Let’s Keep Our Eyes Open

by Hugh Farquhar

The Lectionary Epistle Reading for this Sunday is 1 Thessalonians 5:1-11. I find myself drawn to verse 6, “So then let us not fall asleep as others do but let us keep awake.”

During my years of leadership at St. Paul’s United Church in Riverview, NB, I often got teased in a friendly way about the padded pews. “So comfortable it makes it easier to fall asleep,” people would say. The prevailing view in the history of the Christian Church seems to have been that to keep people awake during homilies, care had to be taken to see that the seats were as uncomfortable as possible. It’s not easy to fall asleep in the hard pews found in most churches.

Paul had a different kind of “falling asleep” in mind when he wrote these words. He was thinking about how easy it is to fall asleep spiritually.

It’s the same today as it was in his time. One day follows another, and sometimes we become so mesmerized by routine that when someone asks us what’s happening in our lives, we reply, “Same old, same old.”

Or we have been persons of faith for so long, have attended so many church services, that everything about the faith has become “old hat.” We have lost the capacity for astonishment.

There are so many ways to sleepwalk through life, to become unaware of it as gift and unconscious about how we are to live it.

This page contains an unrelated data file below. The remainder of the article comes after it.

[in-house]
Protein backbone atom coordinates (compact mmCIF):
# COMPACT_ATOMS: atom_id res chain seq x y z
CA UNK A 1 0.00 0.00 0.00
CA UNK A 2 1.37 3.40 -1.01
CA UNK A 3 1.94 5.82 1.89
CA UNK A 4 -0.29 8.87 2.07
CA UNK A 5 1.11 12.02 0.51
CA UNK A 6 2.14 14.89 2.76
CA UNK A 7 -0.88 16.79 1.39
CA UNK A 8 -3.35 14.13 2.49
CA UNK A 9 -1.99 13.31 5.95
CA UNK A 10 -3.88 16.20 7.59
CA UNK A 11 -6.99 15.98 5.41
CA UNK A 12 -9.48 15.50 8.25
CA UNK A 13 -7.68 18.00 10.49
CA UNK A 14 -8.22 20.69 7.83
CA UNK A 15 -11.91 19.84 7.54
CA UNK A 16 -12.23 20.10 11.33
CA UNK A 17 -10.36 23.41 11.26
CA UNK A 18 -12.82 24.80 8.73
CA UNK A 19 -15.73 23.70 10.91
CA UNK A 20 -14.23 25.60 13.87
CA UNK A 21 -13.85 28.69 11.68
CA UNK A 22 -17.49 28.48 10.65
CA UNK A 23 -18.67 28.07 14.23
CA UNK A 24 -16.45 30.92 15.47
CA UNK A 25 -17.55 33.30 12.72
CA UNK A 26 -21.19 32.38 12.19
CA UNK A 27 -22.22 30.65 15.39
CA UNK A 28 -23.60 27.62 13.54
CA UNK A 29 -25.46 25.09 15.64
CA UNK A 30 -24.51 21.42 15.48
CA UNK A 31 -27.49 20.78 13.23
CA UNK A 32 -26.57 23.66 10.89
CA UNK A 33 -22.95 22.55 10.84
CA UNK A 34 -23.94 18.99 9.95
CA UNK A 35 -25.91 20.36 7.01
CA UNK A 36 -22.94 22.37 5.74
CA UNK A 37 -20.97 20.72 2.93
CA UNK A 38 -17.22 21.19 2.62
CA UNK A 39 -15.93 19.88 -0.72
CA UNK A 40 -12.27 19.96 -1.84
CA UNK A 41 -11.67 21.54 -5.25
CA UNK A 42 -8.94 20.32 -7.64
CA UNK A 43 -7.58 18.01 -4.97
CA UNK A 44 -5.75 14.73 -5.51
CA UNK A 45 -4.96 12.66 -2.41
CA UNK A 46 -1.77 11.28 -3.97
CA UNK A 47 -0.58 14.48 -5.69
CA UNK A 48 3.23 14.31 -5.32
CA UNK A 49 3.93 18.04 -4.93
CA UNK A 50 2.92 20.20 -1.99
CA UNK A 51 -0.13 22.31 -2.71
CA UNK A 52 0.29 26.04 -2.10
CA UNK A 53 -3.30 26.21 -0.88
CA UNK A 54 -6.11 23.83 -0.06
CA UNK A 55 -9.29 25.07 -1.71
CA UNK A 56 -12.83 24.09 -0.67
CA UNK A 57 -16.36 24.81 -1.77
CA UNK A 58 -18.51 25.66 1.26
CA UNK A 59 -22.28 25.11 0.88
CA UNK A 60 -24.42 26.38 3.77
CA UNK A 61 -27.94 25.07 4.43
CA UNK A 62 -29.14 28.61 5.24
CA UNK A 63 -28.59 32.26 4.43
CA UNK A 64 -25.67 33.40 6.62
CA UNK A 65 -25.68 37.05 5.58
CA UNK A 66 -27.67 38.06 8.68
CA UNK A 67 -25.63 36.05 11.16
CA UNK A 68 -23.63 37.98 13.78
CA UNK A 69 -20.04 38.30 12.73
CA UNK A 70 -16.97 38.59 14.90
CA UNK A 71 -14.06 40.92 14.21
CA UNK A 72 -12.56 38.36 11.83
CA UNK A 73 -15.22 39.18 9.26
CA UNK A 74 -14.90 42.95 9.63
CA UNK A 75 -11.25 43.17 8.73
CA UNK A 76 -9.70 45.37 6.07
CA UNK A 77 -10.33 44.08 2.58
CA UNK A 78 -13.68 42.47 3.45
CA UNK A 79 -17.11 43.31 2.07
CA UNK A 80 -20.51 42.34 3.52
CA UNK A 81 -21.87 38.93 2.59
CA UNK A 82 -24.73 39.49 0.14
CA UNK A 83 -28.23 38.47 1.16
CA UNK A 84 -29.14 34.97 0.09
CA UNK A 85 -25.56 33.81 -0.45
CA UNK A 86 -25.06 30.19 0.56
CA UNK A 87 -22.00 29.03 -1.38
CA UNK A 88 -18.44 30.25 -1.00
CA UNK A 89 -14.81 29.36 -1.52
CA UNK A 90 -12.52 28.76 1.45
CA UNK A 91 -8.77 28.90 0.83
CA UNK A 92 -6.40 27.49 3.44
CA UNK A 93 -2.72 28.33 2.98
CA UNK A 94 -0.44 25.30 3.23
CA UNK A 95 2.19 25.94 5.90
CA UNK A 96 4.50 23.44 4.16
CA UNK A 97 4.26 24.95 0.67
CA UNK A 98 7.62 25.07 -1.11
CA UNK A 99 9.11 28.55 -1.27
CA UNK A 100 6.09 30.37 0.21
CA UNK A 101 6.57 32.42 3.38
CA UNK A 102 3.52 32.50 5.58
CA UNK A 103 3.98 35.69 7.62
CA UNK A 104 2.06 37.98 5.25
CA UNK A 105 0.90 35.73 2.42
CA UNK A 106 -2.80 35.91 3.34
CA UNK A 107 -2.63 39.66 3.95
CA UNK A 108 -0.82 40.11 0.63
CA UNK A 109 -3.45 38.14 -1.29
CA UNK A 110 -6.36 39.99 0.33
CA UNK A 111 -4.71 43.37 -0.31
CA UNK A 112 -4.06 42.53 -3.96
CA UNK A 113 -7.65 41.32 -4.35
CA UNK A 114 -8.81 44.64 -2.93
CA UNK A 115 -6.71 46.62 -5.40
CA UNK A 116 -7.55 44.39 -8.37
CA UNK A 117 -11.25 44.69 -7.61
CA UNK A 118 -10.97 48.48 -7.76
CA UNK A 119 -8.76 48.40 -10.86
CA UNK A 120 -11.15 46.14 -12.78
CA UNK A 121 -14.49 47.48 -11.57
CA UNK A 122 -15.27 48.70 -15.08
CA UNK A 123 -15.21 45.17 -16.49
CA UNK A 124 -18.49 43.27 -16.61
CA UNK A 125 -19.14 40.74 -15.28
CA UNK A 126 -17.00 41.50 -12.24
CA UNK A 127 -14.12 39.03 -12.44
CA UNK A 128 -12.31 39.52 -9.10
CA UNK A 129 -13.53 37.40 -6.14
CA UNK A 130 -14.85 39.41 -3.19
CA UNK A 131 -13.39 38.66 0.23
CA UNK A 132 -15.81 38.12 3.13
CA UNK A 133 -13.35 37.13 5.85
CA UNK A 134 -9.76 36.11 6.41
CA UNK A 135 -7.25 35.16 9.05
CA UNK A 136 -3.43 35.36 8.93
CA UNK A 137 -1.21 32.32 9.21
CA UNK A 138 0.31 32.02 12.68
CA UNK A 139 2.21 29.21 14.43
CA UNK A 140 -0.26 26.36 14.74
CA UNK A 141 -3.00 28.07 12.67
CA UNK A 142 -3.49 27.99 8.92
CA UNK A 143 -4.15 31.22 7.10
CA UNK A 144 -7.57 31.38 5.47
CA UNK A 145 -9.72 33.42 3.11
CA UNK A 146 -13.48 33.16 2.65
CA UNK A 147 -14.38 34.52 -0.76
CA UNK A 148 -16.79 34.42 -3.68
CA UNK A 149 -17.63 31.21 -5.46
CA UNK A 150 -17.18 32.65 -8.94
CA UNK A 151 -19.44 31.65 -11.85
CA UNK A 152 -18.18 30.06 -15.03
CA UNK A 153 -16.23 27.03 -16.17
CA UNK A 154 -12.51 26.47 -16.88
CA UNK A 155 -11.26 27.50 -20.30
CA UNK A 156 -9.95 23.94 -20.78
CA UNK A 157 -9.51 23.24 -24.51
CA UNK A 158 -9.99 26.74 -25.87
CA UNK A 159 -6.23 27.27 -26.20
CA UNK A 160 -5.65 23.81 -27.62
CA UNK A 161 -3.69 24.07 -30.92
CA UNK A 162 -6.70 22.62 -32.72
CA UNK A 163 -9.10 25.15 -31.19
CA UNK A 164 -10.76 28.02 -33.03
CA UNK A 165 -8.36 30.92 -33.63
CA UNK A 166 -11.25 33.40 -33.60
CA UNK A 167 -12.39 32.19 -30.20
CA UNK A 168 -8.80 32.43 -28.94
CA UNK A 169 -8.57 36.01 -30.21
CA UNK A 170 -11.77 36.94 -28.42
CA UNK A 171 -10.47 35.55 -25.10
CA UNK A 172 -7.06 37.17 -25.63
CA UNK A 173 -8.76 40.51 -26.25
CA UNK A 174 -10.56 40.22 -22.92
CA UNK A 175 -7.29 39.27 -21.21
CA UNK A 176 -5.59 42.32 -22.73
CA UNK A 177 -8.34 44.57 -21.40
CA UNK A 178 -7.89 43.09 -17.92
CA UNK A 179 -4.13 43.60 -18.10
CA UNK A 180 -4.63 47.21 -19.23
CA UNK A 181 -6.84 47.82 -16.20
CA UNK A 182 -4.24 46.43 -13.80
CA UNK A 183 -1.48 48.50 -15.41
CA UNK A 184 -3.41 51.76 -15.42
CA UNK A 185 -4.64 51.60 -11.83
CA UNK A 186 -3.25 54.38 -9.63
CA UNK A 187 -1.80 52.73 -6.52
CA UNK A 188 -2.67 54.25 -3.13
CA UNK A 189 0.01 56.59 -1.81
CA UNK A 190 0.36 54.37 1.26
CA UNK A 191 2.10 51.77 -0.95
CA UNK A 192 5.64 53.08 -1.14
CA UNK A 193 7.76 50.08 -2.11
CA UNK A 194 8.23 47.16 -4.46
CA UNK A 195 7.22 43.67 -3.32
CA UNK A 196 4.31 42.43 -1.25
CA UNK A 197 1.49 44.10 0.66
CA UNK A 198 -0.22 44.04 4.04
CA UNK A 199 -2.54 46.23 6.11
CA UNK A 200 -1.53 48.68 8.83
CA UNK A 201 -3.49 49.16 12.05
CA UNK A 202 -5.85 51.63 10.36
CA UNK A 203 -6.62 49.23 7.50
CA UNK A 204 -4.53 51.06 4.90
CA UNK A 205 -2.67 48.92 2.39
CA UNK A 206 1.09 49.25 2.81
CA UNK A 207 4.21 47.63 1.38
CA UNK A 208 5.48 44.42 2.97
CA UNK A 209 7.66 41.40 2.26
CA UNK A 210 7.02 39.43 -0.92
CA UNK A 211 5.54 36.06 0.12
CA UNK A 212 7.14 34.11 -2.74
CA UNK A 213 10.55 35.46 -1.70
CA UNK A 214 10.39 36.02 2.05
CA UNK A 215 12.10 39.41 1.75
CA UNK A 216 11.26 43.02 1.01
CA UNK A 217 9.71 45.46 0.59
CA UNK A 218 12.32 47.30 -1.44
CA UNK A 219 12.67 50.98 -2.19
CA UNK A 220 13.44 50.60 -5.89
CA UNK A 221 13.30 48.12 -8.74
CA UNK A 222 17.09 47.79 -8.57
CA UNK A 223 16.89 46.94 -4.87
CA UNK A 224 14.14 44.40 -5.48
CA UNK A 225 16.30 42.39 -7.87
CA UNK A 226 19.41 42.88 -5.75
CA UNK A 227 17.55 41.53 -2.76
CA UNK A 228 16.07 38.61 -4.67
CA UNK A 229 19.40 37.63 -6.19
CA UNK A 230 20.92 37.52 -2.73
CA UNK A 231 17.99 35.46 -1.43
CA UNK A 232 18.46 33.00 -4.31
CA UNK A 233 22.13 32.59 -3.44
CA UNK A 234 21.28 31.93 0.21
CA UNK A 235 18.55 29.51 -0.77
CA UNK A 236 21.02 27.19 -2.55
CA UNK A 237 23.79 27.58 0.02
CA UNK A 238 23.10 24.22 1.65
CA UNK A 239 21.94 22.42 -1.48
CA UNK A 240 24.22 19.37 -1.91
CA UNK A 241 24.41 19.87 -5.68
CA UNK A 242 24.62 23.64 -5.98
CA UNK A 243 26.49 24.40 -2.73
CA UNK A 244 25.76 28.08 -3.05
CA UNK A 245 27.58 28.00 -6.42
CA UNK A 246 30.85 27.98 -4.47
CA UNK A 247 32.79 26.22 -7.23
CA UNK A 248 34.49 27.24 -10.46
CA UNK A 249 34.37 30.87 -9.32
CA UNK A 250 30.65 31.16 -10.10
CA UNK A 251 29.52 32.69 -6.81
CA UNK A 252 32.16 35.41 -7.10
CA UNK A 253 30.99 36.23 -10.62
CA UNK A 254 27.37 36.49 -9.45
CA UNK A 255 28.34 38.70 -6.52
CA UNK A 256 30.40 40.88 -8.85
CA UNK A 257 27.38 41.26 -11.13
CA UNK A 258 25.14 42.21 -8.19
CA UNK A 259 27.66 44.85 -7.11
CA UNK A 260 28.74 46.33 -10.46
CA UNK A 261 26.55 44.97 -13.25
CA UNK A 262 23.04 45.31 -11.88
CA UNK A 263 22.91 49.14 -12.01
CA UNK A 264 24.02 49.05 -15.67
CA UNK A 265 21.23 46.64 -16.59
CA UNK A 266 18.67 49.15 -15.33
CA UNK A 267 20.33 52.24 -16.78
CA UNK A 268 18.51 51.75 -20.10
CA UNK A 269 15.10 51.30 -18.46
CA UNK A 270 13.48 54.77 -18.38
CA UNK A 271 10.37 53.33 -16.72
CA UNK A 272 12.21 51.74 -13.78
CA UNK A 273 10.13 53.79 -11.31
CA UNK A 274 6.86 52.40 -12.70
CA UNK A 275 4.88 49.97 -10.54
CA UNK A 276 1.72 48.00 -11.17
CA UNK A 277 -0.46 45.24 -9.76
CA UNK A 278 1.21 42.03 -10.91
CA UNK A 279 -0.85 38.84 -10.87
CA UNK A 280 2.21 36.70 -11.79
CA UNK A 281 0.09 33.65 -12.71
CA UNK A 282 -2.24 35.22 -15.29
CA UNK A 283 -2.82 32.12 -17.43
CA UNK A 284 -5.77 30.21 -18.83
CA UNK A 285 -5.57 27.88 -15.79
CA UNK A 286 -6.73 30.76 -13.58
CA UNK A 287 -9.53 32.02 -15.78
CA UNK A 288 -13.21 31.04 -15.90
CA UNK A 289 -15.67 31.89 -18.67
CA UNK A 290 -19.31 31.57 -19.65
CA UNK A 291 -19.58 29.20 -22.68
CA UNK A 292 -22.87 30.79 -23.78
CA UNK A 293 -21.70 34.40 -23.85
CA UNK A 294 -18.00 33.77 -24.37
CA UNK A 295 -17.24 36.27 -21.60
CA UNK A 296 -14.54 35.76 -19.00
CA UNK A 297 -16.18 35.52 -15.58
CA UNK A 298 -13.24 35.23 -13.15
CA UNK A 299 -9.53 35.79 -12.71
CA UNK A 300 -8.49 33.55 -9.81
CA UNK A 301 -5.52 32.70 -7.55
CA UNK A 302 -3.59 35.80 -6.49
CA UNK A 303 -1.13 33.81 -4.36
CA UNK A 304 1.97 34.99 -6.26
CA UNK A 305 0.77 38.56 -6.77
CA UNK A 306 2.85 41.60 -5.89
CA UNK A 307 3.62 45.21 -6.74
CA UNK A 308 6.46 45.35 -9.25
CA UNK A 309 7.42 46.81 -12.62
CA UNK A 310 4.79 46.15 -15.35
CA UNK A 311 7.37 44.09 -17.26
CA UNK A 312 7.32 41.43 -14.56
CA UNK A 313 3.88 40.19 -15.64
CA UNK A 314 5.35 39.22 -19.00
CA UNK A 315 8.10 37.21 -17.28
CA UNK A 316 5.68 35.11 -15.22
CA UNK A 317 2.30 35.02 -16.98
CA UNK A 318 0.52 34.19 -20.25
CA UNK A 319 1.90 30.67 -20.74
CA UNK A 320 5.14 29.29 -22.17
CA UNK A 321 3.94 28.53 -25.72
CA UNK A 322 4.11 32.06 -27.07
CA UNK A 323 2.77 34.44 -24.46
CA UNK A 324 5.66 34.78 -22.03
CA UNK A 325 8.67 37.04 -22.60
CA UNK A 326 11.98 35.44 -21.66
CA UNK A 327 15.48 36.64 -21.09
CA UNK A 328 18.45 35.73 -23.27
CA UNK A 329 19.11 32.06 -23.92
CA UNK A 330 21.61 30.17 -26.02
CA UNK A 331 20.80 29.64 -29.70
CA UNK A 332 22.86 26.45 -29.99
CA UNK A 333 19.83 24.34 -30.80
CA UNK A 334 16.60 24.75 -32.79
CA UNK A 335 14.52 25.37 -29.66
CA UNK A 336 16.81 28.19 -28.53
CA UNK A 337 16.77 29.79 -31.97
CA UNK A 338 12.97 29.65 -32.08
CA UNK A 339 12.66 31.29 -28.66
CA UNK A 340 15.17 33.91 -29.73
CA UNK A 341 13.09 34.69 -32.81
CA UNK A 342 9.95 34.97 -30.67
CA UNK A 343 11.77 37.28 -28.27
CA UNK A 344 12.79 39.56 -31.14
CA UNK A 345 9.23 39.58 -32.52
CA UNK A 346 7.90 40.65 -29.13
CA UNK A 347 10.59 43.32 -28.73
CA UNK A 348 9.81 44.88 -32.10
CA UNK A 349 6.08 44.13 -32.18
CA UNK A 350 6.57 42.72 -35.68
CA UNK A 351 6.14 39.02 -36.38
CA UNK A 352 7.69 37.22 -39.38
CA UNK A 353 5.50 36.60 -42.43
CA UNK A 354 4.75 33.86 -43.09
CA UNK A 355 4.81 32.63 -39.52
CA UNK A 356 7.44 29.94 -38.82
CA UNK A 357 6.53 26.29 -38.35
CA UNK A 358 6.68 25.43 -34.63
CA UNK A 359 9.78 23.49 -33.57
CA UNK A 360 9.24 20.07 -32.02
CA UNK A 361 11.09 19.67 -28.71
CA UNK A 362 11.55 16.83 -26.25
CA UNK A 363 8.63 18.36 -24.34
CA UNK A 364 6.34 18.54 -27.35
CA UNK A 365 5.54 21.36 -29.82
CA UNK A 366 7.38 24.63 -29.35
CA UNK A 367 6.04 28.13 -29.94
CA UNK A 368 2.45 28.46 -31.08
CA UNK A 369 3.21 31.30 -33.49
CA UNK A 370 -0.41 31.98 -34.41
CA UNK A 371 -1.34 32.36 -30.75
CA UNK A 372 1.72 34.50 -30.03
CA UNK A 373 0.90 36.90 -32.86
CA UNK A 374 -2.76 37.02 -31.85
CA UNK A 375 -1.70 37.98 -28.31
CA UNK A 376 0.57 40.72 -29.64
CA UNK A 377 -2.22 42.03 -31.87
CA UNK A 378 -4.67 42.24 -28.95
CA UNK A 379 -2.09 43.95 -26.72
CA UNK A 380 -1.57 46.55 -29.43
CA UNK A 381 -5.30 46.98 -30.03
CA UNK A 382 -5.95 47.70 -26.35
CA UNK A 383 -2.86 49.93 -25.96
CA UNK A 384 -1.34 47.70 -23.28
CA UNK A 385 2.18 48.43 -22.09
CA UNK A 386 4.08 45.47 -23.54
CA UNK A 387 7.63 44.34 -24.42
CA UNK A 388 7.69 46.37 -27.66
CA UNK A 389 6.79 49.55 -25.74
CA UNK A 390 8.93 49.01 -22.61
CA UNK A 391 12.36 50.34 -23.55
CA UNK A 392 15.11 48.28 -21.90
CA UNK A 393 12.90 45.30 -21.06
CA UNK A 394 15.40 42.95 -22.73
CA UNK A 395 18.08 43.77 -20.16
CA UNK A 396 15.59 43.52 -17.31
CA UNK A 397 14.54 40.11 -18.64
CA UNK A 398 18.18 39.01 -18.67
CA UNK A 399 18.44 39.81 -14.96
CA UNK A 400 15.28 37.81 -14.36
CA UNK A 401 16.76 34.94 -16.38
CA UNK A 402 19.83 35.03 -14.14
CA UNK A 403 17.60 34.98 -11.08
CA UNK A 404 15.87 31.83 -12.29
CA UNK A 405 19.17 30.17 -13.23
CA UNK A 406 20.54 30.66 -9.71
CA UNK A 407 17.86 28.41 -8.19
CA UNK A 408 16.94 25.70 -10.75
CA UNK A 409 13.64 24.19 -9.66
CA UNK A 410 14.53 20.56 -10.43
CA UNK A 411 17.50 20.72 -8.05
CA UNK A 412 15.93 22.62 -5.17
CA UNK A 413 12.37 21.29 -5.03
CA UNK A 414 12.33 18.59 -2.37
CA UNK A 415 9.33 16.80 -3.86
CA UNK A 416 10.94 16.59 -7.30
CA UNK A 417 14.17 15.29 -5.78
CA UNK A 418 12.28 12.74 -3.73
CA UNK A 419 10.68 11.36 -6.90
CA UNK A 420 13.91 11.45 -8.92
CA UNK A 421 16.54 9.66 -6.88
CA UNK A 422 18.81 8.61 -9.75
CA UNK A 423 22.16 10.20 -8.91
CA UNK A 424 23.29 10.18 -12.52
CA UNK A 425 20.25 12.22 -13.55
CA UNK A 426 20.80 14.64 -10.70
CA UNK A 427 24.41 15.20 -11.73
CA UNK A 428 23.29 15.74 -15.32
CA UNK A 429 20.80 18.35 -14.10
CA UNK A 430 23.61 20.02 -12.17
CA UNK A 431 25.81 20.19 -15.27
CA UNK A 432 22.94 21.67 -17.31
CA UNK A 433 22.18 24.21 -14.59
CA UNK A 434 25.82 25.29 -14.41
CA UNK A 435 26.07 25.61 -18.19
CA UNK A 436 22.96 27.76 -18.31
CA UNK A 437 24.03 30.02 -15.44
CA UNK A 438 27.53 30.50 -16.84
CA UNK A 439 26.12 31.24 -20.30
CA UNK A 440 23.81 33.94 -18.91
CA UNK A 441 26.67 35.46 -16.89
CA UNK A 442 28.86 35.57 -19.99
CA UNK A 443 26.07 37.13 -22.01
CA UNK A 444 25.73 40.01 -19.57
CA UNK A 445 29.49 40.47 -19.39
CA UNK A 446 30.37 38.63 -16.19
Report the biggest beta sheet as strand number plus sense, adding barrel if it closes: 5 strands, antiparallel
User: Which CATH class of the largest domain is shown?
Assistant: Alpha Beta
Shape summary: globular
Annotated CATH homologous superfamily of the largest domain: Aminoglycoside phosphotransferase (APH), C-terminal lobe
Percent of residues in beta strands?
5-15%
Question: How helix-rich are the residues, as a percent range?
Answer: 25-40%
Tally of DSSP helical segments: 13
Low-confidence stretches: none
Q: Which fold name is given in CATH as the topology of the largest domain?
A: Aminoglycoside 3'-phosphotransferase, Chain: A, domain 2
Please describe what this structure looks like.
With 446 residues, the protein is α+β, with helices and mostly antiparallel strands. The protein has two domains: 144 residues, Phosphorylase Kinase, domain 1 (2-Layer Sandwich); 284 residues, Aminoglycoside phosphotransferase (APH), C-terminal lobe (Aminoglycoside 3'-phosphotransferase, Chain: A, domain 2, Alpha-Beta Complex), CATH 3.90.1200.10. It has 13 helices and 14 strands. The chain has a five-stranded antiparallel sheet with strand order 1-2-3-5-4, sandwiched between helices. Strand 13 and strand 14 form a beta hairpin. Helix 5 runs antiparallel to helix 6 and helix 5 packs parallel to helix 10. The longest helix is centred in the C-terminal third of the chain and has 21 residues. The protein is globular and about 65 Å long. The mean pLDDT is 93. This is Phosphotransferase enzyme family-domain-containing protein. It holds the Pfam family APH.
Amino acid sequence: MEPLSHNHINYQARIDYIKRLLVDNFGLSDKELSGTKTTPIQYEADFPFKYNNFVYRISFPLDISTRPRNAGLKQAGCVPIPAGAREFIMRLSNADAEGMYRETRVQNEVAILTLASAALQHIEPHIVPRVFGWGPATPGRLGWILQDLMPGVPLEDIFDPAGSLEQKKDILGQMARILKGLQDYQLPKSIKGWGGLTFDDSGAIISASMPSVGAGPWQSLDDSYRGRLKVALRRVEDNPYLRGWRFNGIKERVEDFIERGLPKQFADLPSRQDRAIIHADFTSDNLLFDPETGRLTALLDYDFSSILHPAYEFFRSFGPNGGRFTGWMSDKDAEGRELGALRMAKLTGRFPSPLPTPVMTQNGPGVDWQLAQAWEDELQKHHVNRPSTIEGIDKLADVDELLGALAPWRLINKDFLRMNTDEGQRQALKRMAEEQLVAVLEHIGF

When we find ourselves in this space spiritually, these words of Paul are a good wake-up call. I love Eugene Petersen’s rendering of the last part of this verse: “Let’s keep our eyes open.”

Anthony DeMello, in his book, “One Minute Wisdom”, records a dialogue between “the Master” and a young disciple. The disciple asks:

“Tell us what you got from enlightenment. Did you become divine?”
“Did you become a saint?”
“Then what did you become?”

As Christians, we embrace our own form of enlightenment. We keep awake spiritually because, as Paul puts in this Reading, we are “sons of Light, daughters of Day.”

In the Lectionary, this is a pre-Advent text. But God’s coming to us isn’t limited to a “once upon a time” story. God is always approaching and knocking at our door, looking for a welcome and an opportunity to share with us an intimacy that will bless our lives. But it’s unlikely that we will recognize God’s presence in the ordinariness of life if we aren’t alert and expectant.

Hugh Farquhar is Minister Emeritus at St. Paul’s United Church, Riverview, NB. He also teaches Biblical Studies in the Diploma in Theological Studies Program at Atlantic School of Theology, Halifax, NS.



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